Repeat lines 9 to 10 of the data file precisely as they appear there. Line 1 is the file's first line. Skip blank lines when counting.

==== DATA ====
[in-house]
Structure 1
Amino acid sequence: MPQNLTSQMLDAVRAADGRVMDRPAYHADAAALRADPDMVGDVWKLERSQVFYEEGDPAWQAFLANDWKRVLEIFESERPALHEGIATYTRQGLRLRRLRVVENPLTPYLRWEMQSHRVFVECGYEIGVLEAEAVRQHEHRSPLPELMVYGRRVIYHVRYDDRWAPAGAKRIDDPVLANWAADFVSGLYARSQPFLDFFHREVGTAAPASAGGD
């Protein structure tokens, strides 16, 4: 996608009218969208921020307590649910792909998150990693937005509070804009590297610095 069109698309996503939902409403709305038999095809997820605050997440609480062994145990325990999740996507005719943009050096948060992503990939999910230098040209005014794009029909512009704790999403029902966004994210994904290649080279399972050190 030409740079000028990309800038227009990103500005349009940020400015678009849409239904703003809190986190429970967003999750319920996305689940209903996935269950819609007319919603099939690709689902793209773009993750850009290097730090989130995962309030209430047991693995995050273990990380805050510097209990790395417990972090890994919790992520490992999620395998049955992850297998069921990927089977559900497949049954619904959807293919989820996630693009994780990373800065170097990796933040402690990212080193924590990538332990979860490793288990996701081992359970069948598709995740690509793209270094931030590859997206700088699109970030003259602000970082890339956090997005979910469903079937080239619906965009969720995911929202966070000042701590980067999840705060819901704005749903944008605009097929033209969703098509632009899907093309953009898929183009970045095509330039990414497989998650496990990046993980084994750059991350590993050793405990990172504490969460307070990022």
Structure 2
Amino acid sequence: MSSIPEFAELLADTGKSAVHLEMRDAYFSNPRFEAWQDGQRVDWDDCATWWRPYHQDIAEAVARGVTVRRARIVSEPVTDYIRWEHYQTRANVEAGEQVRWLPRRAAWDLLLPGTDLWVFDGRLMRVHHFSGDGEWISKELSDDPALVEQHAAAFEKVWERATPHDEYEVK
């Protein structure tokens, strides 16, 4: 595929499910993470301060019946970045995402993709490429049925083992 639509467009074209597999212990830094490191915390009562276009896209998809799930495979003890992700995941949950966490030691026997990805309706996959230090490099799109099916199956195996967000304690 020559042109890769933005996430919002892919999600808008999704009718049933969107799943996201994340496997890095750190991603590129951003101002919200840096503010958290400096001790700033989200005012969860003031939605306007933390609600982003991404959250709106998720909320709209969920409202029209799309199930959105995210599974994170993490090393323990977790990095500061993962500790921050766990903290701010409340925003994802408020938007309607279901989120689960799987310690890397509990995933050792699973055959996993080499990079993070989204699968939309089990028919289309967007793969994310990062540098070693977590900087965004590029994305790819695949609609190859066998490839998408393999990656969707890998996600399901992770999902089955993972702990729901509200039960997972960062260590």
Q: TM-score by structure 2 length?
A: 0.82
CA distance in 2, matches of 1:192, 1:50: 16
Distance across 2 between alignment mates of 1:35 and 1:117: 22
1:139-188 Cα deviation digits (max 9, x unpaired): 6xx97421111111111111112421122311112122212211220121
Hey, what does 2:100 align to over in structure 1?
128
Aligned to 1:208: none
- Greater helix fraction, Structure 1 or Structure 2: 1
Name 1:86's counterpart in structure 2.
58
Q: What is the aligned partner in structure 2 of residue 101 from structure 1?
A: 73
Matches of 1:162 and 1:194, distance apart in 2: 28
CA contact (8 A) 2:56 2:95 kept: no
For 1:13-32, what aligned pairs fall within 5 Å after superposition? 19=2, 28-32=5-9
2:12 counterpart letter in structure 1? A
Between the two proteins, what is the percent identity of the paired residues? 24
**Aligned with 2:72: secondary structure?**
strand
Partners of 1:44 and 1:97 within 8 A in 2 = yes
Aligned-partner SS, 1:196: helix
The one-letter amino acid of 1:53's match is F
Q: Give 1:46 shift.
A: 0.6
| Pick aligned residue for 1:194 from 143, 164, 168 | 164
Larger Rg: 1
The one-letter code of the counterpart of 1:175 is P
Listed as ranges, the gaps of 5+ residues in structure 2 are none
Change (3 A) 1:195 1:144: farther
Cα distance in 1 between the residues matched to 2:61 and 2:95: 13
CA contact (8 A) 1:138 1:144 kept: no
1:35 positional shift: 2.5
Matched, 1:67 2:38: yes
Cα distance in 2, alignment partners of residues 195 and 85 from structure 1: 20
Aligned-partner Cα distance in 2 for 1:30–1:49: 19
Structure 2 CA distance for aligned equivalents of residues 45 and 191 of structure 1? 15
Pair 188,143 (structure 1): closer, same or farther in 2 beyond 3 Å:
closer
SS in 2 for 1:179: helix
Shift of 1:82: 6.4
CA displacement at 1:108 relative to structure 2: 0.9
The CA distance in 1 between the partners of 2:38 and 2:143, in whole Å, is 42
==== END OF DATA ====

A: 0.82
CA distance in 2, matches of 1:192, 1:50: 16